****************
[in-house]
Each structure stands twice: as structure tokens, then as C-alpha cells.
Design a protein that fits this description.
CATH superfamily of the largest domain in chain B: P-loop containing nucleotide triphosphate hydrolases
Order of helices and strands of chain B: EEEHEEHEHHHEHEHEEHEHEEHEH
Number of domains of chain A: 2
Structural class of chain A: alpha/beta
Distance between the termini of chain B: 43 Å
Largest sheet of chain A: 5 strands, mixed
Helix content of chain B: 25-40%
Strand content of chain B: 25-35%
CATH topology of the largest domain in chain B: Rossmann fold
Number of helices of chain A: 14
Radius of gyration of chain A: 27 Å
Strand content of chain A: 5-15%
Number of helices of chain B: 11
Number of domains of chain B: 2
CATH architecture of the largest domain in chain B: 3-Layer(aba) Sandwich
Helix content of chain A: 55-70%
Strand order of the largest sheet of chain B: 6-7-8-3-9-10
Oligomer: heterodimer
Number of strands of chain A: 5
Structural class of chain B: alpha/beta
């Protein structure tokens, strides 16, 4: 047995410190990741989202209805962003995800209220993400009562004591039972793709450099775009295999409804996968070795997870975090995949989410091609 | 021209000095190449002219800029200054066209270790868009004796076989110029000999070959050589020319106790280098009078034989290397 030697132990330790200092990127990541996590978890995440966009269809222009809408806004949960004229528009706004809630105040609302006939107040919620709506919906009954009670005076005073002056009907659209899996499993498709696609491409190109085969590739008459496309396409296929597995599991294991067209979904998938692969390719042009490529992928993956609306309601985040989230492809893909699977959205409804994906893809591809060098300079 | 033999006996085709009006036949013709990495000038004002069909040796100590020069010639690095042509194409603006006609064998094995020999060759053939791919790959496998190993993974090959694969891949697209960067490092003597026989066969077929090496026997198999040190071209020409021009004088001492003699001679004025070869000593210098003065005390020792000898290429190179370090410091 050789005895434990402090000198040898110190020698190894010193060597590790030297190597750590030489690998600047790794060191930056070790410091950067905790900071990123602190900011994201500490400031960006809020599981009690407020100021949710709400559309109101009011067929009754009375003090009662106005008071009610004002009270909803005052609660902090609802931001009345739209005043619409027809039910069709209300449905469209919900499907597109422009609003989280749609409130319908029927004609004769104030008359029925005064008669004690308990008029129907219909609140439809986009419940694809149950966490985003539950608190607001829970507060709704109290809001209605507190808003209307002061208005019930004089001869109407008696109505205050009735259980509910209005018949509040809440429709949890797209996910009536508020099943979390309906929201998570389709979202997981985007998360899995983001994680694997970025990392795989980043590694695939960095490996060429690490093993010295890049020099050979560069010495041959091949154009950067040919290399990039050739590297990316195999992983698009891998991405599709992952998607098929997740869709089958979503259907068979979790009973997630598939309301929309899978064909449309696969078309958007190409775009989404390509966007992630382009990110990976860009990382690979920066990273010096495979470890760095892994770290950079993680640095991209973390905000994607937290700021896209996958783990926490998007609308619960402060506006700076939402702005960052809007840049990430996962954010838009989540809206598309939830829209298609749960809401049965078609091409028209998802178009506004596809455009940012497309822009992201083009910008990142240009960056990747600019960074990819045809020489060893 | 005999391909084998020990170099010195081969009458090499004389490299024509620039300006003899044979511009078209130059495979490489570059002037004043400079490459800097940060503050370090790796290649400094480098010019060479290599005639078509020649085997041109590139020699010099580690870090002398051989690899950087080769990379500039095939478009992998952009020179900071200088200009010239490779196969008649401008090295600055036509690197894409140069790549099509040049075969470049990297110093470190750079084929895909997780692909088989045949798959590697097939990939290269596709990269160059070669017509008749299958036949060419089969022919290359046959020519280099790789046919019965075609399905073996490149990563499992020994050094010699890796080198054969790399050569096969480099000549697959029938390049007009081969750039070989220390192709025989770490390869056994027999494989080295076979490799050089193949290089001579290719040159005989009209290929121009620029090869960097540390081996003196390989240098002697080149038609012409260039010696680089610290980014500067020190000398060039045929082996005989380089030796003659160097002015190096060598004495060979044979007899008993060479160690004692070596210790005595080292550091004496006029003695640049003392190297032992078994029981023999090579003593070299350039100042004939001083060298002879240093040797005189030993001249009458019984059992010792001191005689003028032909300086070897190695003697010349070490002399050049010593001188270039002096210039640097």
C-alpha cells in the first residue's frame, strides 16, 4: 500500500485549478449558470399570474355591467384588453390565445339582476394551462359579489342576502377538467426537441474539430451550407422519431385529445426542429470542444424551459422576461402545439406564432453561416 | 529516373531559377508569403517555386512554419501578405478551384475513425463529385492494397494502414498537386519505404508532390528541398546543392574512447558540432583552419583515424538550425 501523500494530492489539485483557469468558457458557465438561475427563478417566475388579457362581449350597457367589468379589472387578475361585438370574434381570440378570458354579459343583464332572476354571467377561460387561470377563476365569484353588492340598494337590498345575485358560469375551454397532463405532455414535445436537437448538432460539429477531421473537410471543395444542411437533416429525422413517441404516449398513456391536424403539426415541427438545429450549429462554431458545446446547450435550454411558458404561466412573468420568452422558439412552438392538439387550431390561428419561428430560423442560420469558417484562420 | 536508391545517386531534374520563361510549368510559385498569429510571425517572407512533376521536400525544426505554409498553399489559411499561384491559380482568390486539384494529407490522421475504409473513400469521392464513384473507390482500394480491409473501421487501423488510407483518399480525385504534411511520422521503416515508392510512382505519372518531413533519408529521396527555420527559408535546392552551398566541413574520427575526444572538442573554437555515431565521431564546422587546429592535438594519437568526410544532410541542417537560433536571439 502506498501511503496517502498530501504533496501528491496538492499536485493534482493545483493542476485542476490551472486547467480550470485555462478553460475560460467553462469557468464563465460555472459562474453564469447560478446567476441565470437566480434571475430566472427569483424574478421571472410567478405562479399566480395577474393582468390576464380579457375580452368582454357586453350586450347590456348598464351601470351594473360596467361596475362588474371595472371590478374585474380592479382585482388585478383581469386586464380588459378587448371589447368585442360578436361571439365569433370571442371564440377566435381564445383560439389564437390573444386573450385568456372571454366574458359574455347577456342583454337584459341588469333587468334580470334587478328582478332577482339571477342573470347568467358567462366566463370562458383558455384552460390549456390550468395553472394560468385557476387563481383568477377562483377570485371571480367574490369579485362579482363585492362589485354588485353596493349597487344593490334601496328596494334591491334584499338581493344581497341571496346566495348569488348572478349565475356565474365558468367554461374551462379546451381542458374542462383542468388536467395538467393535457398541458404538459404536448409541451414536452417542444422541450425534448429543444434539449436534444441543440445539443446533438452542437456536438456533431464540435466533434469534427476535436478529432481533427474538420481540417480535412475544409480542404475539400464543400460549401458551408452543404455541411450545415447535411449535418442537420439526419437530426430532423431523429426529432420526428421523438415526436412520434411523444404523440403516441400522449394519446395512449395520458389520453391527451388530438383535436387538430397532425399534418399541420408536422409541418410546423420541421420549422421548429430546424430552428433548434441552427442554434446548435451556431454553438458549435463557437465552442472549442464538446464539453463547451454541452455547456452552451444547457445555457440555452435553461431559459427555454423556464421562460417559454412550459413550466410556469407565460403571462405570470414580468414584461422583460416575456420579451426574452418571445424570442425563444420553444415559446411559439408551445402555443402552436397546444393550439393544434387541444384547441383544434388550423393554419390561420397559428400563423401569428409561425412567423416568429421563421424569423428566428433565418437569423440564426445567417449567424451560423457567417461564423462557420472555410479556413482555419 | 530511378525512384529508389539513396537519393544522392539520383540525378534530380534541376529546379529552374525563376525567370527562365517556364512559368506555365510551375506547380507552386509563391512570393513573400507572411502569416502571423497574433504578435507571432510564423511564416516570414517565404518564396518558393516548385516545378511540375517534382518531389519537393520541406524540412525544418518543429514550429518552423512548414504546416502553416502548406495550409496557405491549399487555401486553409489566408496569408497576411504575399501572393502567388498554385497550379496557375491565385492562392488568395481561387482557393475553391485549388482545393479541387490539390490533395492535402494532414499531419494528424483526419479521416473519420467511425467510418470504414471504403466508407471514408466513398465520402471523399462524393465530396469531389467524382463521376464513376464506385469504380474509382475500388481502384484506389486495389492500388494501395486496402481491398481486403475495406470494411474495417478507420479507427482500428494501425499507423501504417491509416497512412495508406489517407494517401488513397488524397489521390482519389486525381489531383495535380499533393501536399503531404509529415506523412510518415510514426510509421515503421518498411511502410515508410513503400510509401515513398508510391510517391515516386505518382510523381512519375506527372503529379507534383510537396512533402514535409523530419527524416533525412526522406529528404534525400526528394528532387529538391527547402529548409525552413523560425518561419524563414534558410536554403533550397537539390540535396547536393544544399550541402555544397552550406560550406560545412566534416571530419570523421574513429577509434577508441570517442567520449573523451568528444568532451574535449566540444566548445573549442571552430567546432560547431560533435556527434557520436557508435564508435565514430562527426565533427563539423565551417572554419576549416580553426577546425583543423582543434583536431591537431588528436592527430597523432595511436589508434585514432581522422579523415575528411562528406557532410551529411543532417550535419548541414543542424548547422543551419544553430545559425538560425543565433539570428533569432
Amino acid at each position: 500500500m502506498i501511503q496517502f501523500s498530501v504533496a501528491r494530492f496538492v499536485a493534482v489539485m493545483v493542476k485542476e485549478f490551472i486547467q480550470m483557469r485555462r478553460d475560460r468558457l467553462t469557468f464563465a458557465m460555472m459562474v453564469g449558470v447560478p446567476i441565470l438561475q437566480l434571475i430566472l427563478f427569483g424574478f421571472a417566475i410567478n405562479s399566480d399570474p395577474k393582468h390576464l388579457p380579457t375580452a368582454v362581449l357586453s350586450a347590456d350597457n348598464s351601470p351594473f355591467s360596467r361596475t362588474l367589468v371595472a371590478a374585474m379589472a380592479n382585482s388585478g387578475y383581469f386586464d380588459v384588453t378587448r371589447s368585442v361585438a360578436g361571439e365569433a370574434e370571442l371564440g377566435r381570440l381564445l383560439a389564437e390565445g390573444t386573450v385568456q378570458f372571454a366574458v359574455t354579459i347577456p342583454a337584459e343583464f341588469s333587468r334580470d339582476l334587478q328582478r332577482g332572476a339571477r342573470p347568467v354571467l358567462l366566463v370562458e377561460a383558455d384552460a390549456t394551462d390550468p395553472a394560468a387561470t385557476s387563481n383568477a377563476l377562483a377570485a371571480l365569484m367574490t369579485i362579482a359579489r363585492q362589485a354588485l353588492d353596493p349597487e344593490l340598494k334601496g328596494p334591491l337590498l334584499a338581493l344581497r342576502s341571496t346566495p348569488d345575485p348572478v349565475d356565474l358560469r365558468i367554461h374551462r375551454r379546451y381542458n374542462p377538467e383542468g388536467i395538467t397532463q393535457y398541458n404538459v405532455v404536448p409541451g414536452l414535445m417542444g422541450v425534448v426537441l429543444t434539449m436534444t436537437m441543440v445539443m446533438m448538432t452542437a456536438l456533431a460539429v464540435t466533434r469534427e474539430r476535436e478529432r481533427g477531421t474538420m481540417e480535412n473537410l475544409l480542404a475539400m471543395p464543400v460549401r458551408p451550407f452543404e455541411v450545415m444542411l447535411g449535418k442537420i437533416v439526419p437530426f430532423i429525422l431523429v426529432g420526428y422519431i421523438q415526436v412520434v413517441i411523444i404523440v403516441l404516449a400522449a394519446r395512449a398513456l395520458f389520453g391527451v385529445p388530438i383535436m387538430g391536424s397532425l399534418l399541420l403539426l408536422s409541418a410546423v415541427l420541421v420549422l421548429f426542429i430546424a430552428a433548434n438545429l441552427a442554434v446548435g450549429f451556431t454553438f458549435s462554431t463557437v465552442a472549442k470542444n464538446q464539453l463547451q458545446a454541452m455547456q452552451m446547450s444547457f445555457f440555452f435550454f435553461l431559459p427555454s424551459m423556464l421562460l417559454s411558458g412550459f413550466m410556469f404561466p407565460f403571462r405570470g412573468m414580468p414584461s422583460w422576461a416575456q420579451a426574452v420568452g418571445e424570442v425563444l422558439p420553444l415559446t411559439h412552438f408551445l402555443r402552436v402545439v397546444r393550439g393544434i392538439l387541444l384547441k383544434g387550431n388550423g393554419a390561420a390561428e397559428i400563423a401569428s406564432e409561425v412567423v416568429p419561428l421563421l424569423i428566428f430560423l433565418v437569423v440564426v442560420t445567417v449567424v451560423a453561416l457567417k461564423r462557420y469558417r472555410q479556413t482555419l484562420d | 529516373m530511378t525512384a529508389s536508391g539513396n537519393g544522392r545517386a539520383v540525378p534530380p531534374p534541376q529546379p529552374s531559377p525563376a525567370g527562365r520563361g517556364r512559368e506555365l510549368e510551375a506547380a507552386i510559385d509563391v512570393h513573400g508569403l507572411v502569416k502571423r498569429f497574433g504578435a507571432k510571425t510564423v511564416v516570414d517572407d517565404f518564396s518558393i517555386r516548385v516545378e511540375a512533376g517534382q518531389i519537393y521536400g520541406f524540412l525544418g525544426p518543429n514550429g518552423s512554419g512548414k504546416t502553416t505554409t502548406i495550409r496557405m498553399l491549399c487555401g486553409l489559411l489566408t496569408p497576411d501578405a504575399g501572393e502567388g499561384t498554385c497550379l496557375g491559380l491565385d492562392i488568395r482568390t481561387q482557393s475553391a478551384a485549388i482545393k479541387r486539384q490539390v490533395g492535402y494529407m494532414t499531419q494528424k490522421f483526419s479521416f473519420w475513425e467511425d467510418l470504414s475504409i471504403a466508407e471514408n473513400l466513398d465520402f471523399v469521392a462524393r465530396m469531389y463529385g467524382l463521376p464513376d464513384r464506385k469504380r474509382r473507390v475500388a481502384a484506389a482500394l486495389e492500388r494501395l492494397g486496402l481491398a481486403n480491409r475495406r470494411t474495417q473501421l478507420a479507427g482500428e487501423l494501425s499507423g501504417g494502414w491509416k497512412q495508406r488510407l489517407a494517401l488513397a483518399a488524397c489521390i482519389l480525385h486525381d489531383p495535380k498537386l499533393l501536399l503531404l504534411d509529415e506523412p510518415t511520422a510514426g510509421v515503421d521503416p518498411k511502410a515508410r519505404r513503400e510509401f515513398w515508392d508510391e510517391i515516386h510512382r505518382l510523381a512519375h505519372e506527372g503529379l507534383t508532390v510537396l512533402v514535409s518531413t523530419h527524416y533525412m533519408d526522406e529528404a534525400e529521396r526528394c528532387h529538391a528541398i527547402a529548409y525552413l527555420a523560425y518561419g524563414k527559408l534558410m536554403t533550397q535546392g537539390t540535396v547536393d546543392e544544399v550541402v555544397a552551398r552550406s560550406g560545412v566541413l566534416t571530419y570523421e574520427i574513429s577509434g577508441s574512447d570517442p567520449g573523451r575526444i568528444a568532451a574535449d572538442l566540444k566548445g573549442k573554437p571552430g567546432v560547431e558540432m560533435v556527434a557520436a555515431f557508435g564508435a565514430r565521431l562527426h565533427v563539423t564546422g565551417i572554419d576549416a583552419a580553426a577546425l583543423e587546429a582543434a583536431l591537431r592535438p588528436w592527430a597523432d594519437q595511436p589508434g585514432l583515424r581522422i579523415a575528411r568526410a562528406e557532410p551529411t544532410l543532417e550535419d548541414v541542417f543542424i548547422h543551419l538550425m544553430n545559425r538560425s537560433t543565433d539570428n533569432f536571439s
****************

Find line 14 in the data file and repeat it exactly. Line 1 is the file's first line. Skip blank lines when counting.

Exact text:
Radius of gyration of chain A: 27 Å